Crippling medical debt, and litigation, in report from Duke, state treasurer



(The Center Square) – A 70-year-old North Carolina couple was billed more than $91,000 for a heart surgery that ballooned to $192,384 with interest charged by Atrium Health. They now expect to work the rest of their lives with no hope of paying off the bill.

“They told me that they would help us, they told me we wouldn’t lose our house,” the unidentified wife told staff at the state treasurer’s office. “Well, that didn’t happen. The hospital took our house.”

In another case, Mission HCA charged a widower $11,232 in interest on an $83,000 bill for colon cancer treatment. Despite insurance through BlueCross BlueShield, the trauma of his wife’s death, and a payment plan in place, the hospital system secured a judgment and seized nearly $92,000 from the sale of the family’s home.

Another 80-year-old couple did not even know there was a judgment worth roughly $90,000 against their house until contacted by the Treasurer Dale Folwell’s office.

The scenarios are among numerous examples outlined by the treasurer’s office Wednesday to illustrate the crippling impact of medical debt on North Carolina residents and what they described as predatory tactics employed by hospitals to collect.

Folwell presented the selected interviews with patients involved in hospital lawsuits alongside research from Duke University Law School that puts the scope of the problem in perspective.

“Quite often, these are the most vulnerable citizens in our state,” Folwell said. “These patients can’t even see the prices they are paying before consuming the product.”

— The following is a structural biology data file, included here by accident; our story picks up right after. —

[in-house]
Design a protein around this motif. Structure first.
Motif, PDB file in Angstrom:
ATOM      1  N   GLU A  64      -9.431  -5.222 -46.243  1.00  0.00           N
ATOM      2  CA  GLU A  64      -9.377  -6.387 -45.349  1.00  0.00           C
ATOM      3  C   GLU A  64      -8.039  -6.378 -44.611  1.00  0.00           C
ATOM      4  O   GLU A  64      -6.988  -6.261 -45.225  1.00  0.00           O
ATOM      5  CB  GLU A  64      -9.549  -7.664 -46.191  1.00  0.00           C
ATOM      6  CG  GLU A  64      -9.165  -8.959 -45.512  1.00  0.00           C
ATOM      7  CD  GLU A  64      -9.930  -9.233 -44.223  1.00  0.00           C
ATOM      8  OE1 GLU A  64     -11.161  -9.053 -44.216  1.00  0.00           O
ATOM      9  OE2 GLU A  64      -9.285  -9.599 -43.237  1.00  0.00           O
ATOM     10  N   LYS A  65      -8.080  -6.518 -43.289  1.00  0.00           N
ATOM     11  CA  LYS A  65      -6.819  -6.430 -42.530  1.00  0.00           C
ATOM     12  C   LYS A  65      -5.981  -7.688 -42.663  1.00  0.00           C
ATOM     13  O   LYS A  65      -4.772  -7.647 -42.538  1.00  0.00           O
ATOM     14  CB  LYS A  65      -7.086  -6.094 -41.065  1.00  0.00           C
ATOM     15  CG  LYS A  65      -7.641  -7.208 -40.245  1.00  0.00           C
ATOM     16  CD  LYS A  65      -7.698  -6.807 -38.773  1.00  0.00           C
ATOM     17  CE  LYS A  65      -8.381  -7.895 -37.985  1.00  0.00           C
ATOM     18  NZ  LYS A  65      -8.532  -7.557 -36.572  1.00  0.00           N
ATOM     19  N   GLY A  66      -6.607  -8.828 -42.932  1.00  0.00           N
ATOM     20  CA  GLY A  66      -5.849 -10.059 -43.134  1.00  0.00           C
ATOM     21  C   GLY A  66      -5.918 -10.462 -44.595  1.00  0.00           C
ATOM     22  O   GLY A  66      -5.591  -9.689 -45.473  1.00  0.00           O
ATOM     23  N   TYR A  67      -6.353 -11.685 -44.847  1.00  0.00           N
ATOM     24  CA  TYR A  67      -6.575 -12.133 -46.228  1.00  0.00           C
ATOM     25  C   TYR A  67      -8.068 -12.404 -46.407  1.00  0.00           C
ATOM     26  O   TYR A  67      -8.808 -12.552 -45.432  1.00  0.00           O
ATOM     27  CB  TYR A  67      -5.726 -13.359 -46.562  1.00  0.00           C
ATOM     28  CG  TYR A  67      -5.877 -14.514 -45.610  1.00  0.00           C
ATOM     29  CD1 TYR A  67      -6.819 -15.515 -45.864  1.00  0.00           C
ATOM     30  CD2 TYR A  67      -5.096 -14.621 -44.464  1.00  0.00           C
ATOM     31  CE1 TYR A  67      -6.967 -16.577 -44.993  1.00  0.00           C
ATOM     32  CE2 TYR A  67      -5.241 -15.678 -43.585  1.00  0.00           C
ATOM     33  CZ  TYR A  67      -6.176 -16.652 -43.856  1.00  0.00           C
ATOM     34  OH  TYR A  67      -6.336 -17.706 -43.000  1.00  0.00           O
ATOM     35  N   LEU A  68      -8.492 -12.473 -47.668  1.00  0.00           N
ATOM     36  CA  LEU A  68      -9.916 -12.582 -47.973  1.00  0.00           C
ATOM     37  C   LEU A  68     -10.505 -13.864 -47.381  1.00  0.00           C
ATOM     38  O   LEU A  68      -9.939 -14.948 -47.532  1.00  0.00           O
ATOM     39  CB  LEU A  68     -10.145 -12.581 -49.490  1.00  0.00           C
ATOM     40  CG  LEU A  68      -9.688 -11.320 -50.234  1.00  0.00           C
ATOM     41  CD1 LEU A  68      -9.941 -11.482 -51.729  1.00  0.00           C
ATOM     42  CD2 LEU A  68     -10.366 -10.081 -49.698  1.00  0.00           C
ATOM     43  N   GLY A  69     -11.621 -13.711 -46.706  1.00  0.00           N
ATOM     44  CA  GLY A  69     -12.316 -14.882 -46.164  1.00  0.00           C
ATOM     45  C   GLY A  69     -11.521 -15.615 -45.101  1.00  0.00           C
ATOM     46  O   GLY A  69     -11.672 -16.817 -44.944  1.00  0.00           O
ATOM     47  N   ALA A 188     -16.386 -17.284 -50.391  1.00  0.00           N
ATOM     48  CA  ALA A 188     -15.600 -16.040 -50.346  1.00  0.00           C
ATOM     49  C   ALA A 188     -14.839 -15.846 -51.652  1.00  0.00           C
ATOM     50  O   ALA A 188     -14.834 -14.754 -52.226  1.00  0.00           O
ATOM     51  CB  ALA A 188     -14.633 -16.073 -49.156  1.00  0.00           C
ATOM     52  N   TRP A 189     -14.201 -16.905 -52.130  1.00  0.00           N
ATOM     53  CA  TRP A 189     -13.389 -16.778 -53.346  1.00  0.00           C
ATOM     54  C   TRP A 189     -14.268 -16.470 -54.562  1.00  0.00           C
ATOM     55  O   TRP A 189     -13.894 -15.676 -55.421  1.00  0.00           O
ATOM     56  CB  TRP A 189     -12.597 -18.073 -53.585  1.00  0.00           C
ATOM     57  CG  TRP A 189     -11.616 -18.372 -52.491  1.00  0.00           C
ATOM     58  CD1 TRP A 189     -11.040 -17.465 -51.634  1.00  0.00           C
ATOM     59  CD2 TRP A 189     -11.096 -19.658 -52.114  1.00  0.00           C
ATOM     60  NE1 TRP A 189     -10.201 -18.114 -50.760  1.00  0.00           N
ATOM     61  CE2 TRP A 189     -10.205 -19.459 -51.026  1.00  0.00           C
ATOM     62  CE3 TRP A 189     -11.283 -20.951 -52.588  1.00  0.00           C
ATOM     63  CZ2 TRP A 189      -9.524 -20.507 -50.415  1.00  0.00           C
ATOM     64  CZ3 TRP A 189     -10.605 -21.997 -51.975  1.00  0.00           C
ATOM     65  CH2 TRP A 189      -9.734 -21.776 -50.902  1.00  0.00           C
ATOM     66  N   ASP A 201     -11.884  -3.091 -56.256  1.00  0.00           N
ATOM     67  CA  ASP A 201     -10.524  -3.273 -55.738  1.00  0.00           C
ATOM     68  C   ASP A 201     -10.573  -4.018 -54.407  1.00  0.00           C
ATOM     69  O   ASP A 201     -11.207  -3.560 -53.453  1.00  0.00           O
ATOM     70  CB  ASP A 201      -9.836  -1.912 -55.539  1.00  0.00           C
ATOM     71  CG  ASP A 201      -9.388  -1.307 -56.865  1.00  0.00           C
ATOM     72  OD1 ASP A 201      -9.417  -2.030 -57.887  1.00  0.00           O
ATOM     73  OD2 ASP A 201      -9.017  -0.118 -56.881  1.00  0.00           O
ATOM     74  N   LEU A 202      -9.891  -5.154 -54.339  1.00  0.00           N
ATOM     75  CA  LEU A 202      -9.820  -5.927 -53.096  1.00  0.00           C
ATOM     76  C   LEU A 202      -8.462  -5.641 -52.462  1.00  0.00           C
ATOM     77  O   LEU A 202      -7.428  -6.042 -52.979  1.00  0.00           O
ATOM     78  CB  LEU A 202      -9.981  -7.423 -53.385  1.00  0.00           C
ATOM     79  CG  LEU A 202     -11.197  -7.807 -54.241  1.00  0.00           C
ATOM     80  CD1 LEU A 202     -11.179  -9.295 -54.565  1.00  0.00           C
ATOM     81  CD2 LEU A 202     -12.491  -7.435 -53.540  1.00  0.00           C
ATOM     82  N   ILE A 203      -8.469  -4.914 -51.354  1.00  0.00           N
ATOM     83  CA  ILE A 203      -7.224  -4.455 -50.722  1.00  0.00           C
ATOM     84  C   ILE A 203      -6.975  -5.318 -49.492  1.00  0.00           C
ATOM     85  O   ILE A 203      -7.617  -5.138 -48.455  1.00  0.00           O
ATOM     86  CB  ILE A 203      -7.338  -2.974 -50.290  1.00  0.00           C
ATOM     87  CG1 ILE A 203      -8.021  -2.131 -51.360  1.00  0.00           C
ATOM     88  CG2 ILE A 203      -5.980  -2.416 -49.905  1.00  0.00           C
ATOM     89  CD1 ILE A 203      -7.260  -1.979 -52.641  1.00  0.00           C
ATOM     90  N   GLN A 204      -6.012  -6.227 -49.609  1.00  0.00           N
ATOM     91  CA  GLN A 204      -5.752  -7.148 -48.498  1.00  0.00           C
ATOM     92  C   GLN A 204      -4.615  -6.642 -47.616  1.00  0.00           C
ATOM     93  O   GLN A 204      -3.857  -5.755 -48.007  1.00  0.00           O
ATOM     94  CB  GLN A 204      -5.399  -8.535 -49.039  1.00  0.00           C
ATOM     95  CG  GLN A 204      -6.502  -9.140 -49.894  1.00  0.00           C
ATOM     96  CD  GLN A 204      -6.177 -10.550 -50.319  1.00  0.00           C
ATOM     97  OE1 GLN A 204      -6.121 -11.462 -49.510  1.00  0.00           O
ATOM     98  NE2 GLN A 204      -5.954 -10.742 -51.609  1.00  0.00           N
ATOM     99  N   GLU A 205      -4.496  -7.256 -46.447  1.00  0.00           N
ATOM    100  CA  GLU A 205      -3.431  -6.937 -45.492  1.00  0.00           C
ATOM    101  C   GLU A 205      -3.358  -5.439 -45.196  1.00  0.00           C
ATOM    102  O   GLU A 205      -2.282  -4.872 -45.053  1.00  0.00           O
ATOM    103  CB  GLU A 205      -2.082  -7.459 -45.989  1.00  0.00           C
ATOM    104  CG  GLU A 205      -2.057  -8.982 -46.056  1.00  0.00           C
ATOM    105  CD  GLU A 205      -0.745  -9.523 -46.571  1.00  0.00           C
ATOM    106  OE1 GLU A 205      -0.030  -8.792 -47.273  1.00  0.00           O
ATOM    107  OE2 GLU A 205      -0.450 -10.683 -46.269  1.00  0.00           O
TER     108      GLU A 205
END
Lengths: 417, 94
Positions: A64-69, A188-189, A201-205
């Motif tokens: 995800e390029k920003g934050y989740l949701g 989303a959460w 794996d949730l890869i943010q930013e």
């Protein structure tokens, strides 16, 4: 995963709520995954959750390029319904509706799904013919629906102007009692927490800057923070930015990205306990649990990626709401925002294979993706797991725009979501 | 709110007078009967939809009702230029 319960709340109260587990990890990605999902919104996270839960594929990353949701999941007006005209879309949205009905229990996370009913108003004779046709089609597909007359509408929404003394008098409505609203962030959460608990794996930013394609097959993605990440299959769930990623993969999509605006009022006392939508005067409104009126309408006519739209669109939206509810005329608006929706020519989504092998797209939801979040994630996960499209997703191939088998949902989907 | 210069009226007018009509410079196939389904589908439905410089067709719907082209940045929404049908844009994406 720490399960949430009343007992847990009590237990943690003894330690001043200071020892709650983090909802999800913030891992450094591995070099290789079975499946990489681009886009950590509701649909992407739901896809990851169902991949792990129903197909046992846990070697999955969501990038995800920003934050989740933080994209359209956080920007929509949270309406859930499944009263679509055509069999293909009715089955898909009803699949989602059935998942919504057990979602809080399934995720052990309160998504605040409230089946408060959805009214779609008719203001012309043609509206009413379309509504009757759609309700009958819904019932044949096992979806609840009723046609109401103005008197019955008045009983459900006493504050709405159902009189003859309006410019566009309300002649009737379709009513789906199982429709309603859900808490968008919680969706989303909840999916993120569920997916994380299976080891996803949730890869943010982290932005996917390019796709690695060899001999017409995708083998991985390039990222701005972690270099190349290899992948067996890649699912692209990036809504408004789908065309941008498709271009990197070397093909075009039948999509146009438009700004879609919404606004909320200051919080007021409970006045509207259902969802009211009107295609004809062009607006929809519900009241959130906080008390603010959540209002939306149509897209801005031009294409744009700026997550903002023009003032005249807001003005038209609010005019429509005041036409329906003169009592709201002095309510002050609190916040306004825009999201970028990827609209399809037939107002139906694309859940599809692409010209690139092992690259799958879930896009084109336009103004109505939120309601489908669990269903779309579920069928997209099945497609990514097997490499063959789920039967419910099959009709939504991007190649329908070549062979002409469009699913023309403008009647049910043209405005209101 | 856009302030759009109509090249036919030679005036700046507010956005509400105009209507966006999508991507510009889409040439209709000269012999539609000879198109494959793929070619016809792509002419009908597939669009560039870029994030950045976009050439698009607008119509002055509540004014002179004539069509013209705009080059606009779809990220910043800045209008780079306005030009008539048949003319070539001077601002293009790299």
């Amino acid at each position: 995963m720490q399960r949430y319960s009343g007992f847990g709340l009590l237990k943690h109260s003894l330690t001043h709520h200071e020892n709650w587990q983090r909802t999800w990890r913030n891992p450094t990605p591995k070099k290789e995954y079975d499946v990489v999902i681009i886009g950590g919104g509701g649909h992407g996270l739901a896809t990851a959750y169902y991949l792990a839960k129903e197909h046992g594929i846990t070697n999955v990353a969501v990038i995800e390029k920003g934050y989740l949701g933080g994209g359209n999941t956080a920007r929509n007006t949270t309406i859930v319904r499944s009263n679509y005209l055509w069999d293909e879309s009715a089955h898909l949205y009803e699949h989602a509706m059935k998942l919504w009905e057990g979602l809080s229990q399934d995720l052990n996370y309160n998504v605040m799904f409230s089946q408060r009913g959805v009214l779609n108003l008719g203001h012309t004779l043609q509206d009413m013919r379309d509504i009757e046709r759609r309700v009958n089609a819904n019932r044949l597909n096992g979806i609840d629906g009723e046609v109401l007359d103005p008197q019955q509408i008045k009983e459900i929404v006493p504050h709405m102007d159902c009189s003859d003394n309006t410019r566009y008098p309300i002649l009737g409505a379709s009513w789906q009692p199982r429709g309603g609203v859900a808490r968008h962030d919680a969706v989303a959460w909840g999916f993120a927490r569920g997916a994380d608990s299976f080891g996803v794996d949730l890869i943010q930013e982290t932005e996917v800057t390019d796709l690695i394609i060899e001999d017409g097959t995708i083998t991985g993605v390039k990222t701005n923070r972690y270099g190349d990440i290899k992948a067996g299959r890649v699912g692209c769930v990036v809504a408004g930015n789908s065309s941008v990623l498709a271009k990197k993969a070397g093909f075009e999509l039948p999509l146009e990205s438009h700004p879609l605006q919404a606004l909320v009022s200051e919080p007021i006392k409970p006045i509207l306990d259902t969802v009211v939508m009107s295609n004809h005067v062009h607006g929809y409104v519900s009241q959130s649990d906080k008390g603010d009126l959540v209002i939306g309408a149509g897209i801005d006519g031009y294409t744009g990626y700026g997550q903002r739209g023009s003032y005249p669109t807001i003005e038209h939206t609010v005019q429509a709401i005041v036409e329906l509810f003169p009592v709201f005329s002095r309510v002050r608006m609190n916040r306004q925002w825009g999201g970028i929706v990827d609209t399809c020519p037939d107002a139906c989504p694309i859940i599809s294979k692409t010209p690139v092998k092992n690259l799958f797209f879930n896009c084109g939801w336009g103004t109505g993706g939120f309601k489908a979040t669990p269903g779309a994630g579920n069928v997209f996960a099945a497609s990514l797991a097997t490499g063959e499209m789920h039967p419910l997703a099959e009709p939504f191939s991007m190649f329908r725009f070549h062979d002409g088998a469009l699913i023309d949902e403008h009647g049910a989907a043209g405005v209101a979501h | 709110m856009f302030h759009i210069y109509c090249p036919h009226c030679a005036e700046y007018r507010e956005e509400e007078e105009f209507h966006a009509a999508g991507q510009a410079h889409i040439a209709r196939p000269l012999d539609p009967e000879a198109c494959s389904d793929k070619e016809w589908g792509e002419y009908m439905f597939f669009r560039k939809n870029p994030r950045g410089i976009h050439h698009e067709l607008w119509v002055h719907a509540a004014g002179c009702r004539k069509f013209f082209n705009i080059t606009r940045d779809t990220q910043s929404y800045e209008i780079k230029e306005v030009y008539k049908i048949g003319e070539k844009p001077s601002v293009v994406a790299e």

Researchers found North Carolina hospitals brought 5,922 lawsuits against at least 7,517 patients and family members over medical debt from 2017 to 2022, with five hospital systems responsible for 96.5% of the lawsuits. That handful was Atrium Health, Mission Health, Sampson Regional Medical Center, Community Health Systems and Caromont Health.

Atrium responded to questions from The Center Square with a statement from spokeswoman Kate Graier, which in part said, “As a current practice, Atrium Health does not file any lawsuits against patients, nor do we execute on any liens or foreclose on property that were filed previously.”

The statement did not say when the Charlotte-headquarter health system began the practice.

Atrium, Duke researchers and the state treasurer say, was the most aggressive, accounting for almost 2,500 of the lawsuits. The company merged with Advocate Aurora last year to create a multistate system with $27 billion in annual revenue.

The actions, brought in a variety of state courts, generated 3,449 judgments for hospitals totaling $57.3 million, or an average of $16,623 per judgment. Hospitals leveraged the state’s allowance to charge 8% annual interest on judgments, along with fees, to rack up $20.3 million or more than 35% of the judgments awarded.

The $16,623 average judgment included $10,732 in principal, $5,180 in interest, and $711 in other costs and fees.